When Americans call 911 in an emergency situation, they expect a calm, knowledgeable voice on the other end. And that’s what they get when they reach the emergency dispatchers for U.S. Army Garrison Rheinland-Pfalz.
In Germany, the phone number for fire and medical emergencies is 112, and the number for police is 110. Those numbers connect callers to a German emergency operator who will transfer the call to an English-speaking dispatcher. However, garrison dispatchers emphasized if those in need of assistance can’t remember which number to call, they can still dial 911.
“The garrison has 12 dispatchers between Rhine Ordnance Barracks and Baumholder. They handle about 1,000 emergency calls for service each year,” said Marshall Fiedler, garrison fire chief. “Their performance has been excellent.”
The USAG RP dispatchers, who are all bilingual local nationals, work 24-hour shifts similar to firefighters, taking calls from garrison kasernes stretching from the Coleman Work Site in Mannheim to Miesau Army Depot. The average call taking-time — the time from picking up the phone, recording the vital information needed, then dispatching emergency crews — is just 70 seconds, according to Fiedler.
“We deal with law enforcement and fire stations. Every shift begins with radio checks and signing on the systems,” said Carlos Moenko, a dispatcher for 13 years, the last six years with the garrison. “A lot of it is pretty normal stuff. Occasionally, we get the chance to help save lives.”
During their shift the two dispatchers on duty tag-team their responsibilities. They test and monitor all of the fire alarm and communication systems, conduct proficiency and qualification training, test phone communications with all fire stations twice a day, coordinate and provide translation services when the local community dispatchers need help and coordinate and transfer emergency calls to the Ramstein dispatch center as needed. Somewhere among all that and emergency calls, they alternate taking required sleep breaks.
Alisha Braun has been a USAG RP emergency dispatcher for two years, but emergency service has been a part of her life since she began volunteering at her local fire department when she was 11 years old.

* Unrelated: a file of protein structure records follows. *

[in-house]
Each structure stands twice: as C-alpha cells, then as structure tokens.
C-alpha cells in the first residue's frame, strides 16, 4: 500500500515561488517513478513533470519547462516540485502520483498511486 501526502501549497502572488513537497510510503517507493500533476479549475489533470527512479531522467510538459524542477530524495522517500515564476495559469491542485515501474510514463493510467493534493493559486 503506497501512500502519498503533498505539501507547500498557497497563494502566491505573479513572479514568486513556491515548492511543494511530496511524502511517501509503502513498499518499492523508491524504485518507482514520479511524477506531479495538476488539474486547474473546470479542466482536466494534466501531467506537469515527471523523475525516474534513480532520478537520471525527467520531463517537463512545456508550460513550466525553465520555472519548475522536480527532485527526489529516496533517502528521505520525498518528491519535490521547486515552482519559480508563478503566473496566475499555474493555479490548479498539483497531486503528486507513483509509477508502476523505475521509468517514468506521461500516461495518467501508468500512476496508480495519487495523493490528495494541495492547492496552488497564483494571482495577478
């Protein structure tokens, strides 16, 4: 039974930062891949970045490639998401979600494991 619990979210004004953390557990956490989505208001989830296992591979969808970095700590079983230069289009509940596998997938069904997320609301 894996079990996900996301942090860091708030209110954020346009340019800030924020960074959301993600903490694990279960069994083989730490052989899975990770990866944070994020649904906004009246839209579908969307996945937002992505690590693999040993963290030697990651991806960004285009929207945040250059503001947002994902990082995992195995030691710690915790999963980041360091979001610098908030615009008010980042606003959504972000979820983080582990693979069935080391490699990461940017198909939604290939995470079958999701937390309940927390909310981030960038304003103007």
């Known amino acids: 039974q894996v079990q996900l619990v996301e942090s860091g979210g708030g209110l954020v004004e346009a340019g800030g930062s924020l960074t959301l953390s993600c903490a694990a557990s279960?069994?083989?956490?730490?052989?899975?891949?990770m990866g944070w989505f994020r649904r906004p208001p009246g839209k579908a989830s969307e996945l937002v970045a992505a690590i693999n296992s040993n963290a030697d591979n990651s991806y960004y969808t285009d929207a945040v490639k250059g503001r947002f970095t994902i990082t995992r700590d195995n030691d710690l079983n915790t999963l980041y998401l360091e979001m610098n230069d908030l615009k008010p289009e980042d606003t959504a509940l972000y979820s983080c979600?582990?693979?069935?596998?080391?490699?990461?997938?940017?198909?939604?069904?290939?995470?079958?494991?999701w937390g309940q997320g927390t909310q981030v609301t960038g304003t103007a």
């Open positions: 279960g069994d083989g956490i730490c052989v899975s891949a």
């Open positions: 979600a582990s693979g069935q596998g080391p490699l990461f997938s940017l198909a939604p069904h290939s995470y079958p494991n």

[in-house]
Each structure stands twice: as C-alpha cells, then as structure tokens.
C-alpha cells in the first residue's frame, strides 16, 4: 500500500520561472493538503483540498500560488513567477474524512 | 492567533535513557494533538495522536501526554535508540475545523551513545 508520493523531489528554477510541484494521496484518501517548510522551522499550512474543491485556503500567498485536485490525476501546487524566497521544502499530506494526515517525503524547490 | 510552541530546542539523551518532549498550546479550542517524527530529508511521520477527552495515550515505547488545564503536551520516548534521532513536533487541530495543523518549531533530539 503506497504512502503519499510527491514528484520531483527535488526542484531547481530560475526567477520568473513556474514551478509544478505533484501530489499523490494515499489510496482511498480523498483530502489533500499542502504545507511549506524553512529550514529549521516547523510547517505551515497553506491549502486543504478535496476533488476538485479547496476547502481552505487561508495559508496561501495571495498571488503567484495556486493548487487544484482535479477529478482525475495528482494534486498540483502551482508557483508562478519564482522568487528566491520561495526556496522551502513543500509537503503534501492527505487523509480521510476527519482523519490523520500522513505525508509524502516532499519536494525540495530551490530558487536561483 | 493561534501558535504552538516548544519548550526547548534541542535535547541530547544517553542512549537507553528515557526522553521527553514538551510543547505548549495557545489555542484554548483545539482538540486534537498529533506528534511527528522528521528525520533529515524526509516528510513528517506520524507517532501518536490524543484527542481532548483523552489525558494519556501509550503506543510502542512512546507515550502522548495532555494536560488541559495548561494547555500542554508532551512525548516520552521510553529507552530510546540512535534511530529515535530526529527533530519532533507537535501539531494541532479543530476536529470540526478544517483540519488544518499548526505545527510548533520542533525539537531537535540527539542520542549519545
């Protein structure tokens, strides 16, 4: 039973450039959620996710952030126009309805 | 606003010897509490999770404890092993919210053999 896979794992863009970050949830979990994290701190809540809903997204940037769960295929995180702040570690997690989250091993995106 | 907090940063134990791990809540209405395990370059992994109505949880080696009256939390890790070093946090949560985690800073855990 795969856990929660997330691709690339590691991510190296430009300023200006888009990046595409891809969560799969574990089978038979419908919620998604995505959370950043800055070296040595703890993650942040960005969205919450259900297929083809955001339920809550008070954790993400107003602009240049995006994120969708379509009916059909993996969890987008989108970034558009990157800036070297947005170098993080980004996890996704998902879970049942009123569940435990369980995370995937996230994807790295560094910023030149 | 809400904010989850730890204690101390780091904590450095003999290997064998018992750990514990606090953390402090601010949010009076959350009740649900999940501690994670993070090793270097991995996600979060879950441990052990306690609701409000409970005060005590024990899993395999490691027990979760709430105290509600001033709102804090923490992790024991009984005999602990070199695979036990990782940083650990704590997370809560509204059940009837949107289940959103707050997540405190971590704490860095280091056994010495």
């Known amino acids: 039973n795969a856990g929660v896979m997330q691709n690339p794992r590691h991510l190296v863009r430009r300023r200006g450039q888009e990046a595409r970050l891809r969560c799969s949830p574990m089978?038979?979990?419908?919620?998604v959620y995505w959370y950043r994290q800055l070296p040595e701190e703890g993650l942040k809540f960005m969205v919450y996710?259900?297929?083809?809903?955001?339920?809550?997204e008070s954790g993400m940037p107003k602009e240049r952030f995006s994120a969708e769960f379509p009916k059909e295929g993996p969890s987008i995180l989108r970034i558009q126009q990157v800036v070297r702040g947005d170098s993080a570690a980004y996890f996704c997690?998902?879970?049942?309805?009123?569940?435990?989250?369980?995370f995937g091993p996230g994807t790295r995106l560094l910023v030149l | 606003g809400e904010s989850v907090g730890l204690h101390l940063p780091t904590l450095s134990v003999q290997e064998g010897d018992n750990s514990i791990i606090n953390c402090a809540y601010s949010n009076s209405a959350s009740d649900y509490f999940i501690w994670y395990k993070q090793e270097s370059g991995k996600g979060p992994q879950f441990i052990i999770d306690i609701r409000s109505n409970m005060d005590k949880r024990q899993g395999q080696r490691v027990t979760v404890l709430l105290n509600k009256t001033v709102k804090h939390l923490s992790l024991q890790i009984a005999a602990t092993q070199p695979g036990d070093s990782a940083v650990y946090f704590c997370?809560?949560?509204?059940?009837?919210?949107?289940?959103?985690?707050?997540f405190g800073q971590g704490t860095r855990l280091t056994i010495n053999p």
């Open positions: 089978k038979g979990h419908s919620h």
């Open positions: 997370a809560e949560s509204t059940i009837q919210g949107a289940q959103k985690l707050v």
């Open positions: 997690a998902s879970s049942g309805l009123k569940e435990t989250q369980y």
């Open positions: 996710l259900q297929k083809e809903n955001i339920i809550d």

“It was always my biggest dream to work in a fire department,” she said. “We learned a lot about the rigors of the fire department, we got a lot of training and a lot of fire safety instruction.”
For calls into the German emergency numbers, “As soon as they hear English, they hit the transfer button,” explained Moenko. “The connection is instant.”
Moenko related a story where a call was transferred to him for a man who was barely conscious in a truck and hard to understand.
“It was clear that he was in and out of consciousness and I was trying to figure out where he was,” he said. “I called the German police and told them where I thought he was and listened as they got there. That was a good one.”
Unfortunately, not every emergency call has a happy ending.
“In my first year, I had an American spouse call just after her Soldier husband had committed suicide,” Braun recalled. “I provided translation for the German fire department in her town. It was a horrible call.”
Moenko says dispatchers understand when someone calls 112 or 911 that they are usually not calm. But, he asks that they try to remember the who, what and where of the event they’re calling about. Otherwise, it can delay the emergency response.
Ute Sponheimer has been a dispatcher on military installations for 33 years, 18 of those on Smith Barracks in Baumholder. She said she had to get up to speed quickly because the 9/11 terrorist attacks happened in her first week on The Rock.
“Quickly, we started getting a lot of calls about suspicious cars and people walking around taking pictures and that kind of thing as the gates were closed and people started worrying about security,” she recalled.
Sponheimer said she’s been a person who helps other people since her childhood. When she’s not at the dispatching console, she’s a German Red Cross volunteer. She said she feels like she was meant to be a dispatcher.
“Dispatchers get both kinds of calls. I remember helping the German dispatchers with a Bulgarian man having a heart attack. It took a long time to figure out where he was between him being somewhere on the autobahn and the language barrier. But, I heard the ambulance get there and they saved him,” she recalled. “The worst call I had was talking to a new mother who just found her newborn dead from Sudden Infant Death Syndrome. You have to stay calm and professional, but your heart breaks for them.”
“The dispatchers are the first voice customers hear when they need help. They are the first, and most important, link in the emergency response chain,” Fiedler said. “The information they gather, the reassurance they give to the caller, and their actions to dispatch first responders are vital to our department’s continued success.”